Modern society depends on industrial processes for converting natural resources into useful products and intermediates such as fuels and chemicals. A majority of these industrial processes require heterogeneous catalysts to facilitate the chemical reactions involved in the conversions. One prime example is the production of ammonia for use in fertilizers. Jens Nørskov’s research is in very general terms concerned with understanding the underlying physics of heterogeneous catalysis and using this understanding to design and develop improved catalysts.
Jens Nørskov has made several contributions to the fundamental understanding of catalysis, among the most important are three theoretical concepts. The d-band model of chemical bonding at transition metal surfaces, a quantitative explanation of the qualitative Sabatier principle, and the identification of linear scaling relations in heterogeneous catalysis and their physical origin.
In addition to these concepts, Jens Nørskov’s research has demonstrated the strength of combining microkinetic and thermodynamic modelling with data from computational methods based on quantum mechanics. Computational methods to solve the quantum mechanical equation have progressed tremendously since the beginning of the early 1990s. This progress has been driven by the general increase in computational power, by software packages based on improved algorithms, and by more accurate approximations to the full quantum mechanical problem. Jens Nørskov’s research has over the years contributed to method development relevant to heterogeneous catalysis including the development of open-source software needed for large-scale computational studies.
The impact of the concepts and methodologies developed by Jens Nørskov cannot be overstated, and essentially Jens Nørskov’s work is the major reason why many of the leading catalyst companies today have established in-house capabilities to perform computational quantum chemistry calculations.
Jens Nørskov’s studies of NH3 synthesis catalysts serve as an excellent example of the impact of his research on industrial catalysis. Jens Nørskov’s early work on NH3 catalysts shed light on the nature of the active sites and identified the physical origin of the promotion effect of alkali promoters. Insights that provided valuable input on how to optimize NH3 catalysts. In addition to these insights, the NH3 synthesis also served as the model reaction used to develop the above mentioned quantitative explanation of the qualitative Sabatier principle. The Sabatier principle states that the interaction between the reactants and the catalysts should be just right, neither too weak nor too strong to provide the optimal catalysts. In itself a useful guideline, but Jens Nørskov’s work provides a model that explains why this guideline exists and shows that adsorption energies calculated based on computational quantum chemistry provide a quantitative measure of the optimal interaction.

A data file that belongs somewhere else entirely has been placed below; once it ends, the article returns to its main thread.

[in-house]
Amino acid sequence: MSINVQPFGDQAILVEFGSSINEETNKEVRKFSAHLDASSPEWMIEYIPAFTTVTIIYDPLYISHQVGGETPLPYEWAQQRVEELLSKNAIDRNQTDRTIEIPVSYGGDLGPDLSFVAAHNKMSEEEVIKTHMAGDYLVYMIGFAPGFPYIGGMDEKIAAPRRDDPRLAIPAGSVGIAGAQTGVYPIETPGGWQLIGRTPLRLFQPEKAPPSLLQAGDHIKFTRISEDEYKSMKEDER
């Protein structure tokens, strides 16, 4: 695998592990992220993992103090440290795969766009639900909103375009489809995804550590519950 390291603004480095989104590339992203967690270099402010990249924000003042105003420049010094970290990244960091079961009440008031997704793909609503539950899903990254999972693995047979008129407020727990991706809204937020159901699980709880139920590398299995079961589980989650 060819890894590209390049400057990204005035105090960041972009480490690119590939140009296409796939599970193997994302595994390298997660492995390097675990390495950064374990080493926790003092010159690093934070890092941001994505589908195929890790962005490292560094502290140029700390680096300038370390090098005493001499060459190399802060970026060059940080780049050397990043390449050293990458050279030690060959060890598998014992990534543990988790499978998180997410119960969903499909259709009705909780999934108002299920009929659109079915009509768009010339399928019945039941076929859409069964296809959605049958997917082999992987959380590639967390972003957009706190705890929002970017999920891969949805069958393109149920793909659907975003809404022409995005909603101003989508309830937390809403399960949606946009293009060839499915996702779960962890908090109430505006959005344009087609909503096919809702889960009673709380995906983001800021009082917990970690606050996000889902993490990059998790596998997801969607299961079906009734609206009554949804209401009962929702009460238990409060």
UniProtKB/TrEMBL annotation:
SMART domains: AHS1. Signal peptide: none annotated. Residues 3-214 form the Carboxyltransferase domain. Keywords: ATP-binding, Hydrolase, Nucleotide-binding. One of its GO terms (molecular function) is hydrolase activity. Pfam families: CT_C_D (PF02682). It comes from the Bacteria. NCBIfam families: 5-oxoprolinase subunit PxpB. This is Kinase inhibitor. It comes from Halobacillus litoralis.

In our view, one particular study marks a paradigm shift in computational quantum chemistry for heterogeneous catalysis. In 2005, Jens Nørskov and co-workers demonstrated that it was possible with remarkable accuracy to calculate reaction rates based on first-principle results from computational quantum chemistry with the only experimental input being the particle size distribution. The fact that computational tools based on quantum mechanics had reached a level of accuracy, where they had predictive power, changed the research field of computational chemistry for catalysis from a focus on describing and understanding catalysis to predicting and ultimately designing catalytic materials.